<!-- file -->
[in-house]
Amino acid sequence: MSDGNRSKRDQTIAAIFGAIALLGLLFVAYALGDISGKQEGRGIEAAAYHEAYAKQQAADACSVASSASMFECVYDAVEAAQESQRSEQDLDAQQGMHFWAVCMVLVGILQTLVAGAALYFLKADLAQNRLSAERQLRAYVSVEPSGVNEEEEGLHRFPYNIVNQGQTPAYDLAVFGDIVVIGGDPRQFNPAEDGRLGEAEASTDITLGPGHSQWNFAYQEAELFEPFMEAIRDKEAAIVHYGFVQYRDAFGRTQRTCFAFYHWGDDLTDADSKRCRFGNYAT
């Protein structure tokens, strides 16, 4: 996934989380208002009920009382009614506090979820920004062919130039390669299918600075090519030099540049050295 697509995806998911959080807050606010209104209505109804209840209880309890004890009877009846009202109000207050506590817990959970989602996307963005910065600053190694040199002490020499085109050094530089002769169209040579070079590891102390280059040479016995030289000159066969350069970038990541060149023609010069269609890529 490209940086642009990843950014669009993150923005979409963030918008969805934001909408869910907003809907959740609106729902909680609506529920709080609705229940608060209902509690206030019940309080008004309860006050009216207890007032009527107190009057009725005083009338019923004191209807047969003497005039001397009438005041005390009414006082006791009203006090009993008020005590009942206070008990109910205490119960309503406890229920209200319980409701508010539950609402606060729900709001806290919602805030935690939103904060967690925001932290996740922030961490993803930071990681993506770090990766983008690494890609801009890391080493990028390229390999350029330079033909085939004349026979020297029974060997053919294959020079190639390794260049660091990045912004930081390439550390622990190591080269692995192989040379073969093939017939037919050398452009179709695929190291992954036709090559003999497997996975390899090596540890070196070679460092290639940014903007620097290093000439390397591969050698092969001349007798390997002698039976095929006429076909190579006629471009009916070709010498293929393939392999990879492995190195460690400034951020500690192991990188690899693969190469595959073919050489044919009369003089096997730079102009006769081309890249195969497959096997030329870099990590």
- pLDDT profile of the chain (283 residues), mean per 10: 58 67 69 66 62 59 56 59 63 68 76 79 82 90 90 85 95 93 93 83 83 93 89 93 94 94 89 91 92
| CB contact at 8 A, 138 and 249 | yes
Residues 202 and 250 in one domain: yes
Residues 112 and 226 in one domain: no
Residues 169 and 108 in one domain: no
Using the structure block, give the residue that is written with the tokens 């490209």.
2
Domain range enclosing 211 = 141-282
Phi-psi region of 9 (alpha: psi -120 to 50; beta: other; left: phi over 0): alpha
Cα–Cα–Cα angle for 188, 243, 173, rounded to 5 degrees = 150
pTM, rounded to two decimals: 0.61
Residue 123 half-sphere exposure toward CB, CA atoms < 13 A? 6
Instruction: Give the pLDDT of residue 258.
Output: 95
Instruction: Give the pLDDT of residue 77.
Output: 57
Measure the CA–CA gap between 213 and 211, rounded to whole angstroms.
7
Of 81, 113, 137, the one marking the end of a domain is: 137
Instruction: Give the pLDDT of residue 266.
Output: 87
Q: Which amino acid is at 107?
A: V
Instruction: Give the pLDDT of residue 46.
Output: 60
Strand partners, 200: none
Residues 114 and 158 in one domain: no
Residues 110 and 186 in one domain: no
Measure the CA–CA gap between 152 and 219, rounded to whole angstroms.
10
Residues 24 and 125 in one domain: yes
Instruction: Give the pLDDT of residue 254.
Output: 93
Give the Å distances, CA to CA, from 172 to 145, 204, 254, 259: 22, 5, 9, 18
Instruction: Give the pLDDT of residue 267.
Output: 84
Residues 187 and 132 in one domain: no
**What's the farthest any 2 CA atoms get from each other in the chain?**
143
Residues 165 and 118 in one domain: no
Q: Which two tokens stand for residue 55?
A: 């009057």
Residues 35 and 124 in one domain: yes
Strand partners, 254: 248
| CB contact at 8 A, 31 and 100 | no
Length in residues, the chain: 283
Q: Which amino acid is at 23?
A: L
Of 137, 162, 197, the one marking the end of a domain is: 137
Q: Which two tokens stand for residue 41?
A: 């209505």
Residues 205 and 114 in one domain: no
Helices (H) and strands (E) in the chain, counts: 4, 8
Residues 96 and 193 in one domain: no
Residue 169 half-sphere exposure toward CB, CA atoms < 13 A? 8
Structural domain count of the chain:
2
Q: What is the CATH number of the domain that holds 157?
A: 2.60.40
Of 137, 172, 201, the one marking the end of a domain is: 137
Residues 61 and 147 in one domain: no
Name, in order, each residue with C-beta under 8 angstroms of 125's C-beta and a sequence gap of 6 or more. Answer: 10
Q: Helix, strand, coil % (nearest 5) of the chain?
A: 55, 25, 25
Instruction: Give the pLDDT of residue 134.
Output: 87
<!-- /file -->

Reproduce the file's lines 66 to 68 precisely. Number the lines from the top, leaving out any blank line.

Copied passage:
Q: Helix, strand, coil % (nearest 5) of the chain?
A: 55, 25, 25
Instruction: Give the pLDDT of residue 134.